THIS IS DEDICATED TO THE MEMORY OF OUR ELEVEN BROTHERS AND SISTERS IN PITTSBURGH WHO WERE CHASED AND GUNNED DOWN IN A PROGROM BY A RABID, FANATICAL ANT-SEMITE. WE FEEL FOR THE FAMILY, FRIENDS AND ENTIRE COMMUNITY WHO ARE NOW LIVING IN PAIN . WE PRAY THAT GOD GIVES THEM ALL THE STRENGTH TO DO THE NECESSARY BUT DIFFICULT EMOTIONAL WORKING-THROUGH PROCESS. WE HOPE THEY ARE ABLE TO EXPERIENCE SOME MEASURE OF PEACE OF MIND AND CAN RETURN TO SOME NORMALCY IN THEIR LIVES.
“Hashem is here …Hashem is there…”
Knowing what to say
“Trop” (Yiddish for Tea’mim) and the subtleties of the words
The Lonely Shalshelet
“…place your hand under my thigh”
“Yitzchak was comforted over the loss of his mother”
Unchanging cycle of life as “one generation departs, and another generation takes its place…”
Manners in dealing with Mortality, Mourning, Money, Machpeilah, Marriage
Opens and concludes with a funeral
Sarah’s dies at 127 years; Avraham mourns Sarah then agrees to pay Efron the Hittite an exorbitant price of 400 silver shekels to purchase the Cave of Machpeilah in Chevron where she is to be buried
Only Parsha named after a woman
Only woman whose name and age are disclosed at the time of her death
Avraham instructs his “Chief-of-Staff” (head servant, presumed to be Eliezer) to travel to Avraham’s previous home in Haran to find a wife for his son Yitzchak
Eliezer meets Rivkah at a well in the city of Nachor to which he was sent (some 450 miles from Chevron) where he experiences her kindness and concludes that she is suitable to be Yitzchak’s wife.
Yitzchak meets and marries Rivkah and is comforted over the loss of his mother
Avraham remarries and gives all his powers of blessing to Yitzchak before he dies at 175 “at a good age, old and satisfied”
Listing of Ishmael’s descendants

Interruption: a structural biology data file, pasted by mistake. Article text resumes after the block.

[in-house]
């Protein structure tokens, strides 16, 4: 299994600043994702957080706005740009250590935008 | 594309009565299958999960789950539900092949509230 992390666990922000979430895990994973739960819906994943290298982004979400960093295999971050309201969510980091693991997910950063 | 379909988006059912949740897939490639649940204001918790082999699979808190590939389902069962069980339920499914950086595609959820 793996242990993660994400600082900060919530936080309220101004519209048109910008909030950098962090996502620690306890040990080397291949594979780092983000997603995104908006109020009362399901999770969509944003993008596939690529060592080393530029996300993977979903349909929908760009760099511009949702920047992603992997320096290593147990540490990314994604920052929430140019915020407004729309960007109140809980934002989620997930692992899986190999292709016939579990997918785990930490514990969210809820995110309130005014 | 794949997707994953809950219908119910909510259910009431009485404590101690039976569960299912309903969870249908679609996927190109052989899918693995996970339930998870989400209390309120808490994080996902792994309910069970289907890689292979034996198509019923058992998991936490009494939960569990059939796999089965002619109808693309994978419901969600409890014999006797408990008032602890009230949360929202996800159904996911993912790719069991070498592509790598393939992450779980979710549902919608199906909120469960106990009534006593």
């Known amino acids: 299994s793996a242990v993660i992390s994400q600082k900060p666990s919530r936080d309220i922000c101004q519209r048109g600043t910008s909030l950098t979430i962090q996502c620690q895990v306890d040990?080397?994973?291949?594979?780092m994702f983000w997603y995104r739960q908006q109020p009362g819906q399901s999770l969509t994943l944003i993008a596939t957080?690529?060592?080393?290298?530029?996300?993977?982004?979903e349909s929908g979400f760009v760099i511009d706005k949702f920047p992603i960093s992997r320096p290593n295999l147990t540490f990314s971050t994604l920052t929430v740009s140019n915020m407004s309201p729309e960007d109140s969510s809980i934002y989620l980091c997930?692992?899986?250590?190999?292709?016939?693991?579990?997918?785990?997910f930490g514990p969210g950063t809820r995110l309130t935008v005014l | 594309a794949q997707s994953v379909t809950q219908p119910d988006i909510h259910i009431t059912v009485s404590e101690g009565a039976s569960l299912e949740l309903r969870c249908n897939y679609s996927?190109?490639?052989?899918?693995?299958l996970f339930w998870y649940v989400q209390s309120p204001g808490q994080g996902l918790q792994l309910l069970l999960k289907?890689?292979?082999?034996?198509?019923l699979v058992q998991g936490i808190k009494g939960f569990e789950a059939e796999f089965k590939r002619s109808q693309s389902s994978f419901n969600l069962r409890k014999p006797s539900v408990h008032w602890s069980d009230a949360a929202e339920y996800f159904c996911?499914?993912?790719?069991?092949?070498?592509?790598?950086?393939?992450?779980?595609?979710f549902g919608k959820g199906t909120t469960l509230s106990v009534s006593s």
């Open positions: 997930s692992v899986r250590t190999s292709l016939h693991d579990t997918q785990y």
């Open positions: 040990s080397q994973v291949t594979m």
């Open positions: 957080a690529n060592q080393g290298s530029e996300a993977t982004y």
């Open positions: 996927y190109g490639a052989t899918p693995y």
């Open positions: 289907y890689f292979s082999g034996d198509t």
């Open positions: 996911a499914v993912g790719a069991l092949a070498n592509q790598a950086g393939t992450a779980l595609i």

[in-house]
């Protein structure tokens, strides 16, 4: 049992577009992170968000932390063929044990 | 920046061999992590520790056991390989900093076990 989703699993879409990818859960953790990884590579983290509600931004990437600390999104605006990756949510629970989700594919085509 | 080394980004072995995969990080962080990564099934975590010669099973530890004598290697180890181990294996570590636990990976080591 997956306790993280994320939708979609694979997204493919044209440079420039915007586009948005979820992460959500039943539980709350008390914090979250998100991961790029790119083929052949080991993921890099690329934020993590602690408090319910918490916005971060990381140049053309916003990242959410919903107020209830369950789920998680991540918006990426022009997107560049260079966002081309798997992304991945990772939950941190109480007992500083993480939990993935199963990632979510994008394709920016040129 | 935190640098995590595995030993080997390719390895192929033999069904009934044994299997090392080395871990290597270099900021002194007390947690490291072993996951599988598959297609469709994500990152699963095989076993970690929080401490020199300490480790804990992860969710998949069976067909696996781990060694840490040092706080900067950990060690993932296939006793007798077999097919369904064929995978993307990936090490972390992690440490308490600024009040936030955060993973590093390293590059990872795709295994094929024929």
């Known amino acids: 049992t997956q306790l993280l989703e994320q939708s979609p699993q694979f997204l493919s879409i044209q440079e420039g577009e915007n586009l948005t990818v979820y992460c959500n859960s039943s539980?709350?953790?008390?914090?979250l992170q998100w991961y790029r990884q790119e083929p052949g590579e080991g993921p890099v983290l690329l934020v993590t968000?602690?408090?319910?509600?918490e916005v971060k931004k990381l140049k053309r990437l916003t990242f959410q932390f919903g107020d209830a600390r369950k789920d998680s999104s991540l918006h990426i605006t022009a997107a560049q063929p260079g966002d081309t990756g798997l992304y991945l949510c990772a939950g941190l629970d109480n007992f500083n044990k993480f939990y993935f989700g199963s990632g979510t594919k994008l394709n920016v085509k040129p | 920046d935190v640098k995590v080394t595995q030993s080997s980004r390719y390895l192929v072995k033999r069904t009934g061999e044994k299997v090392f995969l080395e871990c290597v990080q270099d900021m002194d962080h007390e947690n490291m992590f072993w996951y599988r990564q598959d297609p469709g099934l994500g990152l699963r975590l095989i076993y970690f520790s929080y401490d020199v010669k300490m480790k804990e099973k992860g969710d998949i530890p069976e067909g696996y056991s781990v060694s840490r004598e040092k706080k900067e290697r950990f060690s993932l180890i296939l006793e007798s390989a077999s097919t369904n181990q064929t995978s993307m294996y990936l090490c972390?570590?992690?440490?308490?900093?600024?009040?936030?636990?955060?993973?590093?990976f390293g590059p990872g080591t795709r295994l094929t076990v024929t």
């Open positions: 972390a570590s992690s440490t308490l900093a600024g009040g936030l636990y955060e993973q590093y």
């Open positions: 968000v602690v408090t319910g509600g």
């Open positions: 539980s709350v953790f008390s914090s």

Major themes of love for the Holy Land and avoidance of intermarriage
“Hashem is here …Hashem is there…”
Although His Name is not mentioned, God remains in the background influencing events, much as He does throughout the Book of Bereshis. This life lesson for us is that the Hand of God exists even in the mundane. Efron, sought out by Avraham to buy a burial plot for his wife Sarah just happens to be in the crowd. Eliezer, sent by Avraham to find a suitable wife for Yitzchak just happens to encounter Rivkah, who just happens to be Avraham’s great niece.
The takeaway message to us is that in life one needs to develop a strategy and execute a plan to reach one’s goals. One should not just sit back and expect that “God will provide”. At the same time, it is important to recognize that even if we have taken all the necessary steps to assure success, the expected outcome is not a given, and not within our power to guarantee. God and His influence, though unseen, surrounds us.
Knowing What to Say
In searching for a suitable burial spot for his recently-deceased wife Sarah in Chevron, Avraham seeks out and deals with Efron the son of Zohar the owner of the Cave of Machpeilah.